Covid vaccines prevented nearly 20 million deaths in first year: Report

Paris, France Published: Jun 24, 2022, 07:12 PM(IST)

A representative image for Covid vaccines. Photograph:( Others )

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Nearly 600,000 additional deaths could have been prevented if the World Health Organization's (WHO) goal of vaccinating 40 per cent of each country's population by the end of 2021 had been met, the study concluded.  

A study published in The Lancet Infectious Diseases, released on Friday, based on data from 185 countries and territories collected from December 8, 2020, to December 8, 2021, shows that Covid vaccines prevented nearly 20 million deaths in the first year after they were introduced, as reported by AFP.

It is the first attempt to estimate the number of deaths prevented directly and indirectly as a result of Covid-19 vaccinations. It found that 19.8 million deaths were prevented out of a potential 31.4 million deaths that would have occurred if no vaccines were available.

It was a 63 per cent reduction, the study found.  The study used official figures or estimates when official data was not available for deaths from Covid, as well as total excess deaths from each country. These analyses were compared with a hypothetical alternative scenario in which no vaccine was administered.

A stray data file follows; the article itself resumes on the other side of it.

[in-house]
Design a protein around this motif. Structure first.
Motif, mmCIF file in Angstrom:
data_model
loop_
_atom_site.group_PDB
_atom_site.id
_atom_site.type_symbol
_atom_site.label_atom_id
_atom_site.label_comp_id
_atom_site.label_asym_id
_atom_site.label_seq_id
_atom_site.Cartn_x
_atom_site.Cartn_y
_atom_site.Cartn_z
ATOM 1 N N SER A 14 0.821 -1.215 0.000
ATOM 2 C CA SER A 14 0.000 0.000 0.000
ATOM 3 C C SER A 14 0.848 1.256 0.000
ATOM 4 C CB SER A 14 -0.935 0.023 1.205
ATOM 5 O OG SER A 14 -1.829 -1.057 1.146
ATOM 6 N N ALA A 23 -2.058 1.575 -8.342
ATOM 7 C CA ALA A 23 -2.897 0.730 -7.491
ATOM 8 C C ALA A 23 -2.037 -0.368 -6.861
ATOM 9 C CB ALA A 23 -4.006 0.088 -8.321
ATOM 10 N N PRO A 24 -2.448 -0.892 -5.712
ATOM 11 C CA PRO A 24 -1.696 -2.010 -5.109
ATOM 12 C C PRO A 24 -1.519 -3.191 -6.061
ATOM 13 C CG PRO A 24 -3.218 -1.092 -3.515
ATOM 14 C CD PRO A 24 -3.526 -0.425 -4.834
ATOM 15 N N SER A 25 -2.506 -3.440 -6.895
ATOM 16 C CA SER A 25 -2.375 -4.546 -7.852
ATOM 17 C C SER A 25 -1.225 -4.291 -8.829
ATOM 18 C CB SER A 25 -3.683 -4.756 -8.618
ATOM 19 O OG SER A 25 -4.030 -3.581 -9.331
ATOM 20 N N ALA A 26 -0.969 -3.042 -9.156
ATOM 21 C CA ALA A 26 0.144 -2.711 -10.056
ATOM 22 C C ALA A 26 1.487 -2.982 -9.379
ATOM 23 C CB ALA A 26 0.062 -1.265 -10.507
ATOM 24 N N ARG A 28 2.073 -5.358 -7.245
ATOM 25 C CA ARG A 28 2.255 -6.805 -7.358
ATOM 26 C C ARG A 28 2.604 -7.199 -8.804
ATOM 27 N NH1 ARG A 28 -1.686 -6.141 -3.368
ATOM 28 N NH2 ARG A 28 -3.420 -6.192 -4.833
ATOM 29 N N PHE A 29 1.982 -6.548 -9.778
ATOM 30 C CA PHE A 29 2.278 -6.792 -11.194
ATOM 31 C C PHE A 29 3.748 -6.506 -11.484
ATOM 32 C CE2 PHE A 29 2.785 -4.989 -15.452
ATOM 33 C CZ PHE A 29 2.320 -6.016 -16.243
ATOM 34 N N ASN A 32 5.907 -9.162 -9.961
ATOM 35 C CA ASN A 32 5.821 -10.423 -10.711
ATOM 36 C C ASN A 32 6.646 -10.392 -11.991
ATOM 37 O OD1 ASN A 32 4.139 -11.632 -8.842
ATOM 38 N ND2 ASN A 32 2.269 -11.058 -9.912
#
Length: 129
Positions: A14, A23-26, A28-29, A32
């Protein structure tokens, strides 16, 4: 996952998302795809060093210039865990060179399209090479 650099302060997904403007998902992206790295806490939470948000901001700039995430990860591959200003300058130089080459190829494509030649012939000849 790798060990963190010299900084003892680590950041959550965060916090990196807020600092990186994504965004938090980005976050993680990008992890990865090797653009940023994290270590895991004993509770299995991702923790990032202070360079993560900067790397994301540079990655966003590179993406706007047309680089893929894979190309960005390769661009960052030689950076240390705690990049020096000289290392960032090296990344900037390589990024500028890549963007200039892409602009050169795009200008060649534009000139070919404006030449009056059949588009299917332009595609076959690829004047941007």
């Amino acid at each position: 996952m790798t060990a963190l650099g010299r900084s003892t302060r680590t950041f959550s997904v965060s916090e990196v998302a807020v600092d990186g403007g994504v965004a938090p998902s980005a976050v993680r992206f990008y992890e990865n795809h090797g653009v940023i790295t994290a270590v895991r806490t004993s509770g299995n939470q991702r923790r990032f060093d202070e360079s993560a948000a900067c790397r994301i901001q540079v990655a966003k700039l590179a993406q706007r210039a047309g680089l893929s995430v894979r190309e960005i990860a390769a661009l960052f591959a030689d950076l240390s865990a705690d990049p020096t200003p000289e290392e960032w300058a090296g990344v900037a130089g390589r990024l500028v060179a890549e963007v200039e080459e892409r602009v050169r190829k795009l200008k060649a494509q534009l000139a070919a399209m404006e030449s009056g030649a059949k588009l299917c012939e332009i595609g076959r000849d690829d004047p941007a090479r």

The model accounted for variation in vaccination rates across countries, as well as differences in vaccine effectiveness based on the types of vaccines known to have been primarily used in each country.  

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The study found that high- and middle-income countries accounted for the largest number of deaths averted, 12.2 million out of 19.8 million, reflecting inequalities in access to vaccines worldwide. 

Covid has officially killed more than 6.3 million people globally, according to the WHO. Nearly 600,000 additional deaths could have been prevented if the World Health Organization's (WHO) goal of vaccinating 40 per cent of each country's population by the end of 2021 had been met, it concluded.  

As reported by AFP, lead study author Oliver Watson of Imperial College London said, "Millions of lives have probably been saved by making vaccines available to people around the world."

"We could have done more," he said.  

( with inputs from agencies)

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